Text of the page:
Apple iPad and iPhone rally

Are you repeatedly kicking yourself for not buying Apple in the wake of the technology bubble burst and every subsequent sell-off since then? Cheer up. The company didn’t either.

Apple, the company, has not repurchased a single share of stock since 2000, missing a 4,216 percent increase in the share price that could have even further boosted its $50 billion cash hoard, according to data compiled by Goldman Sachs. The stock hit a new all-time high today after Goldman recommended buying the shares anyway.

"Apple’s management and board have steadfastly refused to part with this cash hoard," said Goldman Sachs analyst Bill Shope, in a note today. "Our sense is that the company will eventually issue this cash, probably in the form of a one-time dividend, but Apple’s history suggests investors should not count on such an event in the intermediate term."

While it’s hard to complain about Apple’s success over the last decade, it does stand out among tech companies in not repurchasing any shares at all. Last week, Intel resumed its planned $5.7 billion buyback. IBM authorized a monster $10 billion buyback at the end of October.

The Apple bulls will argue that the executive team is not focused on playing stock market games, instead they have been building a new technological platform made up of iTunes, the iPod, the iPhone and the iPad.

"Funding innovation and organic growth is not cheap," said Joe Terranova, Virtus Investment Partners chief market strategist. Terranova, also a ‘Fast Money’ trader, notes that the company is also spending money improving efficiency behind the scenes, boding well for a pick up in margins.

Don’t feel too bad for the executives though, as they likely have been showered with options over the years. However, the last outright purchase of shares by an insider was by one-time Apple director Eric Schmidt in 2006. The Google CEO bought 10,000 shares at $69.79.

Still, it’s hard to believe that Apple is sitting on $50 billion in Treasuries and corporate bonds yielding only 0.11 percent and not thinking about giving some of that back to shareholders.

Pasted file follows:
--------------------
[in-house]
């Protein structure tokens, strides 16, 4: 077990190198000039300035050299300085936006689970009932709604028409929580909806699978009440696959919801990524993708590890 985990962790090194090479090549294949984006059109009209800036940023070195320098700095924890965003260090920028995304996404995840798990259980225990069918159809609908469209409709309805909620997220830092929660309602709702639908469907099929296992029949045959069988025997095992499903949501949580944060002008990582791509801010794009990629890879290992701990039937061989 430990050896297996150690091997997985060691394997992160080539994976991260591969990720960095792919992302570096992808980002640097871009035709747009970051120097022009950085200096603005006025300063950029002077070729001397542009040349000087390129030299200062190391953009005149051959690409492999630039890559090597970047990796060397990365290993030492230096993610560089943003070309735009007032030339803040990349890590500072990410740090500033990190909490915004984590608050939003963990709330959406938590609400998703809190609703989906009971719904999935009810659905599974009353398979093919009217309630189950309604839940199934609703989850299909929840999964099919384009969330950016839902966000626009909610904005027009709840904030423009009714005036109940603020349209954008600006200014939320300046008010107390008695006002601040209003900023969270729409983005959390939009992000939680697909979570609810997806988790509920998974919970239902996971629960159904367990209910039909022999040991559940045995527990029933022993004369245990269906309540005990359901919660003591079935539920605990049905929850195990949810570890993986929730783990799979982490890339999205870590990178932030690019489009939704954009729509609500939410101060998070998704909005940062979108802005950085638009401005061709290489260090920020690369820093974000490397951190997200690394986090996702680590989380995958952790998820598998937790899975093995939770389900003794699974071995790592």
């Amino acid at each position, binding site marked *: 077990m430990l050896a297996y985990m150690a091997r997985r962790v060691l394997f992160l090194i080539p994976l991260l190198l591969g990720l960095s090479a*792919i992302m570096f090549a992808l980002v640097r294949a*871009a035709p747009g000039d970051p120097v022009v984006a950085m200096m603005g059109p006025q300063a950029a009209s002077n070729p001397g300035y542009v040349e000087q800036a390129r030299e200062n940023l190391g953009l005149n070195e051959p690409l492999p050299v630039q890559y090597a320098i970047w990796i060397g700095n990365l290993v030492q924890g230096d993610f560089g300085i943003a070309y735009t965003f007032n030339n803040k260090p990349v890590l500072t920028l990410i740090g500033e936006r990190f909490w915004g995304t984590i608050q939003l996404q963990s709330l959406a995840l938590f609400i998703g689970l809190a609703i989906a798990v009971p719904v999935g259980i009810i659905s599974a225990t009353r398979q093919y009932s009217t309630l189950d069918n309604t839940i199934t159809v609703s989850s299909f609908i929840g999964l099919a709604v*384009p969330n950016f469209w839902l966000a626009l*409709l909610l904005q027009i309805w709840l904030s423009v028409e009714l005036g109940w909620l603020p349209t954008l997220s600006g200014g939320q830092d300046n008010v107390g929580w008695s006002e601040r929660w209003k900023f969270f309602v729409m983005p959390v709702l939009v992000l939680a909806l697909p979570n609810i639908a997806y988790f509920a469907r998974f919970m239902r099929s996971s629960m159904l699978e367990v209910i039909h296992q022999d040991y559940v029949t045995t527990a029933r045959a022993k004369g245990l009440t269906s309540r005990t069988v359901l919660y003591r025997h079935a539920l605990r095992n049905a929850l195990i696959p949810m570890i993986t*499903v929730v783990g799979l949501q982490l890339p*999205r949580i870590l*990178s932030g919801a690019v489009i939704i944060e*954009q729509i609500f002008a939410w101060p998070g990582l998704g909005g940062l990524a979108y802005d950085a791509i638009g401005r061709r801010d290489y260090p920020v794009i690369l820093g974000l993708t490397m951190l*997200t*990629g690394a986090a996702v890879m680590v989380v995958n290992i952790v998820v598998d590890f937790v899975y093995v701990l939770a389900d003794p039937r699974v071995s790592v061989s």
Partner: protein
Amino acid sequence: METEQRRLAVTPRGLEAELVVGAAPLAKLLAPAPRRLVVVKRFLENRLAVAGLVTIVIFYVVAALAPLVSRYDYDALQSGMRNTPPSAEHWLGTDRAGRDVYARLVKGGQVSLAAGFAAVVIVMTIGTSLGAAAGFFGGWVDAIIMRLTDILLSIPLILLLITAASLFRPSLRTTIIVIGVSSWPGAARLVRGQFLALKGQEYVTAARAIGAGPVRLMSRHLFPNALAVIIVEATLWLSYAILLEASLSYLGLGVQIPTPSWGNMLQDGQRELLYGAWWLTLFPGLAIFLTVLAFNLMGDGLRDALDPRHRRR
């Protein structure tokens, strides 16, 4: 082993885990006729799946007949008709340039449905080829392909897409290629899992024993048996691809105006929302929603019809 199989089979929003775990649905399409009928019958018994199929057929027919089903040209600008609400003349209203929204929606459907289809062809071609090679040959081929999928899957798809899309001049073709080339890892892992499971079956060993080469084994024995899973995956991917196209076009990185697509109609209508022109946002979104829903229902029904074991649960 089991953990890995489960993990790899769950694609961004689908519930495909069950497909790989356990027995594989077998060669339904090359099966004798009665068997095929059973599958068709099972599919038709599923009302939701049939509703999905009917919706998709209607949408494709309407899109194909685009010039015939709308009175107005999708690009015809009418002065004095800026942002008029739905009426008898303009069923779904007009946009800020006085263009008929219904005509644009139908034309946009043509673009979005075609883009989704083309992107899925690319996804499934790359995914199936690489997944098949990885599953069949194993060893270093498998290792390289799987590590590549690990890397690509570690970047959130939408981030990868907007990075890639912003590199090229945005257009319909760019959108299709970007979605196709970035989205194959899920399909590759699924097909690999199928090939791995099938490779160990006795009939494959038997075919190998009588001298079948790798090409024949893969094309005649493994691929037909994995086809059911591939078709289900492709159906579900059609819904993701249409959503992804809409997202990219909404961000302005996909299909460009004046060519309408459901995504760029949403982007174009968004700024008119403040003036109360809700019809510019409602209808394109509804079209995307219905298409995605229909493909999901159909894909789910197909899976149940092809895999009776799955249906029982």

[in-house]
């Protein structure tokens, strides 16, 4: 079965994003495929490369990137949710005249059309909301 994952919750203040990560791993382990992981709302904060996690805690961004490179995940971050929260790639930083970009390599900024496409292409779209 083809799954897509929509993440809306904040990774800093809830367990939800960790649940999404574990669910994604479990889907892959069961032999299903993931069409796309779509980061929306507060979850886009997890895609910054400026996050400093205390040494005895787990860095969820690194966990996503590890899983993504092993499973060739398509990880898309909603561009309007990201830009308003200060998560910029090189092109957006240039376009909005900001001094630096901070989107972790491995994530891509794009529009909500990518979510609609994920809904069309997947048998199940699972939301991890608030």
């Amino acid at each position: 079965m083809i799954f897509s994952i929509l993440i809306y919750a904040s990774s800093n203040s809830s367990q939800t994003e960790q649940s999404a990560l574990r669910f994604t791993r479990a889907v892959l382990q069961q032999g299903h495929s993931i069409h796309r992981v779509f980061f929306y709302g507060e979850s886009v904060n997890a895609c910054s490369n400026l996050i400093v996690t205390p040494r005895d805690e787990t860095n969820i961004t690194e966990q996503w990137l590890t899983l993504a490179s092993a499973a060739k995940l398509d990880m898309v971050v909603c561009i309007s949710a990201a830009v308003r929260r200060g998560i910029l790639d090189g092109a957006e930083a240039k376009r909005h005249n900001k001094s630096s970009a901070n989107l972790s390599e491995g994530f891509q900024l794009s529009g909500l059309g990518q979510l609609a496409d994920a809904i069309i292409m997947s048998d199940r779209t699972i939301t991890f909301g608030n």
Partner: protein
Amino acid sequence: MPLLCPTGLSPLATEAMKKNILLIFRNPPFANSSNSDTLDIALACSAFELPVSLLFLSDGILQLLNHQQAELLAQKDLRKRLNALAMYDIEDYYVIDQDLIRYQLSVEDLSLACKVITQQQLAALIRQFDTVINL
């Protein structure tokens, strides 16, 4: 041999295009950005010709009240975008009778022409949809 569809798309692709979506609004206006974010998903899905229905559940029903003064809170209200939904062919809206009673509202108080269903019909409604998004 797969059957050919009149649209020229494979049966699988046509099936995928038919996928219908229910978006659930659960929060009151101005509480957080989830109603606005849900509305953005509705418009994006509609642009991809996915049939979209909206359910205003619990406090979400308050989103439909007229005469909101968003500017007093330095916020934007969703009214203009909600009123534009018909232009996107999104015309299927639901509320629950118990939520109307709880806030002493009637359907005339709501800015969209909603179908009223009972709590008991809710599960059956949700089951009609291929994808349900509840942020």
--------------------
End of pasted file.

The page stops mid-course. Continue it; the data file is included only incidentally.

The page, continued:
"It’s difficult to argue that this is an appropriate use of cash, and investors have consistently argued for a more aggressive dispersal or investment of this cash," wrote Goldman’s Shope.

Some observers feel a bit stronger about this missed investment opportunity by Apple over the years, saying that it doesn’t bode well for future capital deployment decisions by Jobs and the rest of the executive team if the innovation cycle ever slows.

"Apple only invests in Steve Jobs’ ego," said Dan Nathan, options trader for JAK Securities and an ‘Options Action’ contributor. "They have made a monumentally horrible decision on this cash management issue, and believe it or not it has cost investors in a serious way. Their arrogance will be the thing that brings them back down to the stratosphere with every other once dominate tech company."

For the best market insight, catch ‘Fast Money’ each night at 5pm ET and the ‘Halftime Report’ each afternoon at 12:30 ET on CNBC. 


John Melloy is the Executive Producer of Fast Money. Before joining CNBC, he was an editor for Bloomberg News, overseeing the U.S. Stock Market coverage team.

1 Comment

  1. If everybody would just stop buying gifts completely, and just turn it into a social and religious holcomment_IDay, instead of a commercial holcomment_IDay, it would resolve a whole raft of issues. If you really want something, really want it, but it for yourself, or ask for it from someone close as a birthday gift.

    Have yourself a Merry little Christmas, this yea

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